[UPDATE: We’ve added a new international TV spot with more footage!]
Dawn of the Planet of the Apes is the sequel to the 2011 release Rise of the Planet of the Apes, which gave the Planet of the Apes sci-fi franchise a fresh boost of energy at the box office, while restoring the faith of many critics and casual moviegoers in the Apes brand. Dawn picks up ten years after Rise, as human civilization has gone to pot across the globe, following the outbreak of the human laboratory-bred “Simian Flu” – giving rise to more intelligent non-human primates, who know finds themselves on the edge of full-out war against humanity for domination of the planet.
Previous Dawn of the Planet of the Apes trailers, TV spots, and images have not so subtly hinted that this volatile Cold War ends up heating up in this film, while the newly-released second theatrical preview shows apes and humans alike, collecting their weapons of choice and preparing to head into battle. More interesting, however, are the glimpses at the evolving ape culture in this new trailer; while Casesar (once again played via motion-capture by Andy Serkis) still appears to be the rare ape capable of human speech, we see that his fellow simians are now being taught how to read and write (among other things).
UPDATE: Check out a new international TV spot for Dawn of the Planet of the Apes, which includes additional footage not featured in the latest trailer:
Lastly, there’s a new international trailer that contains a bit more footage that didn’t make the cut in the second U.S. trailer:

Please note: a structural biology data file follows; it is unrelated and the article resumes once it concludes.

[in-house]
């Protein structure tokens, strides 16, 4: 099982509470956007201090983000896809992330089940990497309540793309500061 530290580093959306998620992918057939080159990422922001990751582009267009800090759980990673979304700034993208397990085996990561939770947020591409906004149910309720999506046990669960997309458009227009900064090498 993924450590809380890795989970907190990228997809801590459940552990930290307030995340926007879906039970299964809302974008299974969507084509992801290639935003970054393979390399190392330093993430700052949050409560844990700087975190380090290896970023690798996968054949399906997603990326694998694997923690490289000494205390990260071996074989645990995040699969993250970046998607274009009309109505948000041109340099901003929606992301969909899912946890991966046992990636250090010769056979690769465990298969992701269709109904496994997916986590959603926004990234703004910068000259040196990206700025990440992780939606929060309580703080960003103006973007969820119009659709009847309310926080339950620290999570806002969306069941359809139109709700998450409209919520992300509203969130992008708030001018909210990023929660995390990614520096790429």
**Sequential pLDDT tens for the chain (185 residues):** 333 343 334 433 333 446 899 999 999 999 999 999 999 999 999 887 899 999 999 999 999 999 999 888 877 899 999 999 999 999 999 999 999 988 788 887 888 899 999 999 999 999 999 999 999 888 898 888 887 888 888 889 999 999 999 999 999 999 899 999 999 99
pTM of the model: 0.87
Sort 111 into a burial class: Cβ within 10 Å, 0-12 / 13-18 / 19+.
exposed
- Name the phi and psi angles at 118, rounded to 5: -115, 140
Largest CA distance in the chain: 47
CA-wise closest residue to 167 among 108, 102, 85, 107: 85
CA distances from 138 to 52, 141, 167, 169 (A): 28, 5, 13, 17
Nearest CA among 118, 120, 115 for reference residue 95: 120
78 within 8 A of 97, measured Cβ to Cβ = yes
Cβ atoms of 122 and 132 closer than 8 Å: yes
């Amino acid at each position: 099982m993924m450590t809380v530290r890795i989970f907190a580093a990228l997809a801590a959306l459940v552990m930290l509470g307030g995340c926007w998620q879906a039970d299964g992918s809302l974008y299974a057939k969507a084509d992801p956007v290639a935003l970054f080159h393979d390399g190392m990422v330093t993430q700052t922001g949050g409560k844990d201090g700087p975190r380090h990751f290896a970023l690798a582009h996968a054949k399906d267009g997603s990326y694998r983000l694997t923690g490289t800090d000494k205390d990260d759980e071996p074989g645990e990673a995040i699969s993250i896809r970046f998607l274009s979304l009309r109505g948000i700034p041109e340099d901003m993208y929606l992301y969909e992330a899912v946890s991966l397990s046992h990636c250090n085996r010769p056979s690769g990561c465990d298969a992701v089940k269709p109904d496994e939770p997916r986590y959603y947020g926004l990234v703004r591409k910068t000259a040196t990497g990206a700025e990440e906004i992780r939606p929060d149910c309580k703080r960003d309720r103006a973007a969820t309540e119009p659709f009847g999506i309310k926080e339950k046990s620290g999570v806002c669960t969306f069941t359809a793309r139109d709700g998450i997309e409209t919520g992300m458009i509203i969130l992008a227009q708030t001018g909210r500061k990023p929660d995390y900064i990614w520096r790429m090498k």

Whereas the human sci-fi narrative elements were, arguably, the weakest parts of Rise of the Planet of the Apes, Dawn appears to offer a stronger human narrative – elevated by such talented characters actors as Jason Clarke (Zero Dark Thirty), Gary Oldman (RoboCop), and Keri Russell (The Americans) – along with Caesar’s compelling identity struggle, due to him being a child of both worlds. Similarly, the darker color palate and cinematography by Michael Seresin (Harry Potter and the Prisoner of Azkaban) looks quite impressive in the latest trailer footage, suggesting this film could also be an improvement on its predecessors in the technical department as well.
Dawn was directed by Matt Reeves, who has already demonstrated that he has a knack for using genre tropes to explore meaningful human stories, with the films Cloverfield and Let Me In. The only wild card factor right now, as I see it, is that the film’s shooting script draft was penned by Mark Bomback, whose screenplay contributions in the past have tended to favor empty spectacle over meaningful action and/or story development (see: his revisions for The Wolverine).
Dawn of the Planet of the Apes opens in U.S. theaters on July 11th, 2014.
Source: 20th Century Fox